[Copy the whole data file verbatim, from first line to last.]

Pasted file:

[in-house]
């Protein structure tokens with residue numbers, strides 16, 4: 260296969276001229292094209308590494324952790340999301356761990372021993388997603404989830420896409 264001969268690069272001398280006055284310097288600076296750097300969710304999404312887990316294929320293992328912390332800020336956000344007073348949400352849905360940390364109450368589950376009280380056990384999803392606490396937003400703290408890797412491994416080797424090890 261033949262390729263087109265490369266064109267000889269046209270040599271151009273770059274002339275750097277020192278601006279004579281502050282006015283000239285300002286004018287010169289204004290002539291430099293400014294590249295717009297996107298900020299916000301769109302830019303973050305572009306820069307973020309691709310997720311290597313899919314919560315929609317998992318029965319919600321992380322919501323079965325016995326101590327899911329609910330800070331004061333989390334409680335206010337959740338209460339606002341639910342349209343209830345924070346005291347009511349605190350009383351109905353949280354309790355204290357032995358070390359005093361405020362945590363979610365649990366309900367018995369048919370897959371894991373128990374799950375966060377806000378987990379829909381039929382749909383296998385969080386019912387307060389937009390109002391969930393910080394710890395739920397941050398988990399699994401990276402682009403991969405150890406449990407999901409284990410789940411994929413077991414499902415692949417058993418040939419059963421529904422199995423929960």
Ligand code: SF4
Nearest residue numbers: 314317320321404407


[in-house]
């Protein structure tokens with residue numbers, strides 16, 4: 260296969276001229292094209308590494324952790340999301356761990372021993388997603404989830420896409 264001969268690069272001398280006055284310097288600076296750097300969710304999404312887990316294929320293992328912390332800020336956000344007073348949400352849905360940390364109450368589950376009280380056990384999803392606490396937003400703290408890797412491994416080797424090890 261033949262390729263087109265490369266064109267000889269046209270040599271151009273770059274002339275750097277020192278601006279004579281502050282006015283000239285300002286004018287010169289204004290002539291430099293400014294590249295717009297996107298900020299916000301769109302830019303973050305572009306820069307973020309691709310997720311290597313899919314919560315929609317998992318029965319919600321992380322919501323079965325016995326101590327899911329609910330800070331004061333989390334409680335206010337959740338209460339606002341639910342349209343209830345924070346005291347009511349605190350009383351109905353949280354309790355204290357032995358070390359005093361405020362945590363979610365649990366309900367018995369048919370897959371894991373128990374799950375966060377806000378987990379829909381039929382749909383296998385969080386019912387307060389937009390109002391969930393910080394710890395739920397941050398988990399699994401990276402682009403991969405150890406449990407999901409284990410789940411994929413077991414499902415692949417058993418040939419059963421529904422199995423929960």
Ligand code: SF4
Nearest residue numbers: 314317320321404407